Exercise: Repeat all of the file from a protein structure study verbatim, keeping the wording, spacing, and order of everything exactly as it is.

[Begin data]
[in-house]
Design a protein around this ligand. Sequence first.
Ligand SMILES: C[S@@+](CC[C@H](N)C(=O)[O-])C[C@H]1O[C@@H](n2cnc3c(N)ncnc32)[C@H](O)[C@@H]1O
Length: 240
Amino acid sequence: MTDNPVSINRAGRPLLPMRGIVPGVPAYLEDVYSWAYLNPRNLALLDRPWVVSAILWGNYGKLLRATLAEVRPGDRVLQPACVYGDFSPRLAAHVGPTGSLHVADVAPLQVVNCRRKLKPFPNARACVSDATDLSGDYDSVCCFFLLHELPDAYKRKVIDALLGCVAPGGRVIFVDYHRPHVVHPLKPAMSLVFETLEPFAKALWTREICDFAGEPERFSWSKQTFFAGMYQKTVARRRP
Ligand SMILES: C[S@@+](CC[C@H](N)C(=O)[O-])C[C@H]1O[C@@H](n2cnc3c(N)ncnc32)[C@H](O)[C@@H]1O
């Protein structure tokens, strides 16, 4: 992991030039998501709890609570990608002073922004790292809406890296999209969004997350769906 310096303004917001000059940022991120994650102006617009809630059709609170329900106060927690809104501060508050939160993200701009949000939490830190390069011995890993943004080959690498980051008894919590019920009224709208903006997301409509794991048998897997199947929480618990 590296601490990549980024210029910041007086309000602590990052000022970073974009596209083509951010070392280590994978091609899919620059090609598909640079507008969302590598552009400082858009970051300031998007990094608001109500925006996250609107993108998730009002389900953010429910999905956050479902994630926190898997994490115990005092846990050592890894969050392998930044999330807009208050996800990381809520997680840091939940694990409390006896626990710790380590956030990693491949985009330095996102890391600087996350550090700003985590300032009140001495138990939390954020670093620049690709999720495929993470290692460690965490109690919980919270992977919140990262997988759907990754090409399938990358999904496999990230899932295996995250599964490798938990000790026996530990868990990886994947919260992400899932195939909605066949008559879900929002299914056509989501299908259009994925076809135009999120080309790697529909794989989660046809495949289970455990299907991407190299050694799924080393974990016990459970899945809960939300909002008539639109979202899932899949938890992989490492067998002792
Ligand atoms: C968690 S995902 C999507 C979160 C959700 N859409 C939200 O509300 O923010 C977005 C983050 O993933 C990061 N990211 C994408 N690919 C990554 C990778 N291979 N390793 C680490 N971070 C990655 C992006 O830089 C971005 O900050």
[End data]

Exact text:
[in-house]
Design a protein around this ligand. Sequence first.
Ligand SMILES: C[S@@+](CC[C@H](N)C(=O)[O-])C[C@H]1O[C@@H](n2cnc3c(N)ncnc32)[C@H](O)[C@@H]1O
Length: 240
Amino acid sequence: MTDNPVSINRAGRPLLPMRGIVPGVPAYLEDVYSWAYLNPRNLALLDRPWVVSAILWGNYGKLLRATLAEVRPGDRVLQPACVYGDFSPRLAAHVGPTGSLHVADVAPLQVVNCRRKLKPFPNARACVSDATDLSGDYDSVCCFFLLHELPDAYKRKVIDALLGCVAPGGRVIFVDYHRPHVVHPLKPAMSLVFETLEPFAKALWTREICDFAGEPERFSWSKQTFFAGMYQKTVARRRP
Ligand SMILES: C[S@@+](CC[C@H](N)C(=O)[O-])C[C@H]1O[C@@H](n2cnc3c(N)ncnc32)[C@H](O)[C@@H]1O
């Protein structure tokens, strides 16, 4: 992991030039998501709890609570990608002073922004790292809406890296999209969004997350769906 310096303004917001000059940022991120994650102006617009809630059709609170329900106060927690809104501060508050939160993200701009949000939490830190390069011995890993943004080959690498980051008894919590019920009224709208903006997301409509794991048998897997199947929480618990 590296601490990549980024210029910041007086309000602590990052000022970073974009596209083509951010070392280590994978091609899919620059090609598909640079507008969302590598552009400082858009970051300031998007990094608001109500925006996250609107993108998730009002389900953010429910999905956050479902994630926190898997994490115990005092846990050592890894969050392998930044999330807009208050996800990381809520997680840091939940694990409390006896626990710790380590956030990693491949985009330095996102890391600087996350550090700003985590300032009140001495138990939390954020670093620049690709999720495929993470290692460690965490109690919980919270992977919140990262997988759907990754090409399938990358999904496999990230899932295996995250599964490798938990000790026996530990868990990886994947919260992400899932195939909605066949008559879900929002299914056509989501299908259009994925076809135009999120080309790697529909794989989660046809495949289970455990299907991407190299050694799924080393974990016990459970899945809960939300909002008539639109979202899932899949938890992989490492067998002792
Ligand atoms: C968690 S995902 C999507 C979160 C959700 N859409 C939200 O509300 O923010 C977005 C983050 O993933 C990061 N990211 C994408 N690919 C990554 C990778 N291979 N390793 C680490 N971070 C990655 C992006 O830089 C971005 O900050």